Aging doesn’t mean you have to surrender your speed and muscle power. Whether you’re 35 or 65, you can participate in exercises designed to develop your fast-twitch muscle fibers and keep you moving. While your overall speed will decrease with age, you can avoid losing it altogether by focusing on plyometrics, agility drills and strength-training.
Beginning at age 30, most people lose roughly 1 percent of muscle every year as the body starts to tear down old muscle at a faster rate than it builds new tissue. We lose muscle at the rate of 5 to 7 pounds per decade, unless we perform regular strength training. Our muscles also lose strength and flexibility, and the body begins to experience a decrease in overall balance.
In the beginning of my career I had the opportunity to work in strength research and was hired by Wayne Westcott PhD. He is currently professor of exercise science at Quincy College in Quincy, Massachusetts. Previously he was the fitness research director at the South Shore YMCA in Quincy. where I worked under Dr. Westcott instructing exercise research programs. Dr. Westcott has been a strength training consultant for numerous organizations, including the U.S. Navy, the U.S. Air Force, the American Council on Exercise and more. He has authored 28 books/textbooks, and more than 90 peer-reviewed research/academic papers.
Dr. Westcott states “even when we do progressive resistance exercise we experience a change in our muscle tissue make-up as we grow older.Under normal circumstances our fast-twitch muscle fibers become smaller (atrophy), and may even disappear in more advanced years. As this process continues, we have a lower percentage of fast-twitch muscle tissue, which definitely decreases our power performance.”
He continues to explain that the fast-twitch fibers are principally responsible for fast and powerful movement actions, such as sprinting, jumping, throwing and striking. As these fibers atrophy, our ability to perform fast and powerful movement actions is reduced proportionately. That is, we can’t run as fast, jump as high, throw as hard, or swing the golf club/tennis racquet as forcefully.
Can we do anything to maintain our fast-twitch muscle fibers as we age?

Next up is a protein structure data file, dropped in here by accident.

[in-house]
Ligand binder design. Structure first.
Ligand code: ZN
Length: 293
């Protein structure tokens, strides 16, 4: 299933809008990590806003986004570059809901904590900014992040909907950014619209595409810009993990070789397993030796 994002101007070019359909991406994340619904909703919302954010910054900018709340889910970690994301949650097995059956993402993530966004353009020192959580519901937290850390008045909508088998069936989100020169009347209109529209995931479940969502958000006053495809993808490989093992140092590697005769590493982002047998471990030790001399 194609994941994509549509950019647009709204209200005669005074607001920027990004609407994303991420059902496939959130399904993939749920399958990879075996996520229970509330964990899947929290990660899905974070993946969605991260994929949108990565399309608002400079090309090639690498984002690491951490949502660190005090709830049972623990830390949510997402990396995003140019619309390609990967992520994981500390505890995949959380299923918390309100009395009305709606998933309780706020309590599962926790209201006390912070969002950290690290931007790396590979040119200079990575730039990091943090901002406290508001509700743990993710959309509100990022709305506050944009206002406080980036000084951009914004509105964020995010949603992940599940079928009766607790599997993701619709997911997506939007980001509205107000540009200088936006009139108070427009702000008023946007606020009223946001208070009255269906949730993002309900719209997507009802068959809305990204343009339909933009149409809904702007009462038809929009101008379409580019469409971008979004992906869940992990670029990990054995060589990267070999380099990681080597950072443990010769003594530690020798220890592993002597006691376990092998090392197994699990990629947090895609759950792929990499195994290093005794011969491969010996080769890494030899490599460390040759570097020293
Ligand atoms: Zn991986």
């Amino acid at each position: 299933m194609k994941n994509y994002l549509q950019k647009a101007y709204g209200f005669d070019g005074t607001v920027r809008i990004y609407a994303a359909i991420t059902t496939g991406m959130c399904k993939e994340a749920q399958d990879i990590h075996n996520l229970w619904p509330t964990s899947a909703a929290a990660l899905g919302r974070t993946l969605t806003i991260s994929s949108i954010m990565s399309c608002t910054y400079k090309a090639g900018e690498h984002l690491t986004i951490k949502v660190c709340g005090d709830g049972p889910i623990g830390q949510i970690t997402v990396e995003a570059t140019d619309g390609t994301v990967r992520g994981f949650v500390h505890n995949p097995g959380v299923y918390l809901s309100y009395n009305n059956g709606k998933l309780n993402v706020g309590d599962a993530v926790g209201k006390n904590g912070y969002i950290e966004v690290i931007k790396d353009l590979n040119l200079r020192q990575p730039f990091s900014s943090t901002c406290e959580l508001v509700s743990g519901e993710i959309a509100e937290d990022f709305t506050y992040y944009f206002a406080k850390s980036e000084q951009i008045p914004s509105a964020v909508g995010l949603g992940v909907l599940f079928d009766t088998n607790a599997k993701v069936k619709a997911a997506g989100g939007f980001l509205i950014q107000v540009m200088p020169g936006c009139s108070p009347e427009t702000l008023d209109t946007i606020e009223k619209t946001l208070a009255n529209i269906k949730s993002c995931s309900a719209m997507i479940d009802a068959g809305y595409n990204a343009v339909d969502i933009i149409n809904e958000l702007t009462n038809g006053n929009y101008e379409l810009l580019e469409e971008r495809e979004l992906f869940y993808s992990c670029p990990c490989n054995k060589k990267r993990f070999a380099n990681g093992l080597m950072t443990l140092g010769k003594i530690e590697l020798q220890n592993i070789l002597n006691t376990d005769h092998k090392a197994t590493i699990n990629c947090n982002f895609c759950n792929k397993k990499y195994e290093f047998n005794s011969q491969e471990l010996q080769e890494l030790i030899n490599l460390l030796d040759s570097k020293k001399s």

Step one is to do a basic program of strength exercise two or three days each week. This will maintain/increase your muscle mass and have advantageous affects on both your slow-twitch and fast-twitch muscle fibers.
Step two is to add a few medicine ball exercises to directly address the fast-twitch fibers in the upper body muscles. Unlike standard strength training which is best performed at slow- to- moderate movement speeds, medicine ball throws can be performed at fast movement speeds because you release the ball at the end of each throwing action.
Step three is to add some interval training and sprinting to appropriate aerobic activities to stimulate fast-twitch fibers in you leg muscles. Without some form of faster-paced training, the ability to move our limbs quickly will gradually decline with age.
Perhaps the two most effective means are interval training and sprinting. Both techniques can be practiced in any aerobic activity, including running, cycling, stepping, rowing and elliptical machines. I suggest starting with interval training, which can be individually progressed in a variety of protocols. Essentially, interval training segments your endurance exercise session into alternating periods of lower effort (slower-paced) and higher effort (faster-paced) performance.”
Resistance Exercise Reverses Aging in Human Skeletal Muscle (PubMed.gov DOI: 10.1371/journal.pone.0000465).
Even though healthy older adults show evidence of mitochondrial impairment and muscle weakness due to aging, this can be partially reversed following six months of resistance exercise training. Following exercise training the transcriptional signature of aging was markedly reversed back to that of younger levels for most genes that were affected by both age and exercise.
You can develop your fast-twitch muscles at your age the same way you did in your youth -- by strength-training and doing speed drills. Keeping a regular weight-lifting routine, specifically for your lower body and core, will help you retain muscle altogether, which is half the battle
Because our body’s ability to recover decreases with age, you need to include adequate rest in our fitness routine. Exercising intelligent, avoid back strain and never lift more weight than you can handle.
Exercising with Medical Conditions
When you have existing medical conditions I recommend that you consult your healthcare provider to make sure the exercise is safe for your ability level and seeking the expertise of a health and fitness professional who can develop an exercise program that benefits balance, strength and muscle power and contributes to healthy active aging.
Benefits of regularly performed exercise start immediately, gradual improvements in strength, power, balance, flexibility, reaction time, joint range of motion, circulation, contribute to better posture. Exercise has beneficial effects on blood pressure and heart rate which improves cardiovascular and cardiorespiratory function, resistance training helps to improve bone density, reduces pain and is benefits in increasing blood sugar uptake and lowers blood glucose level which is important in controlling and better managing diabetes.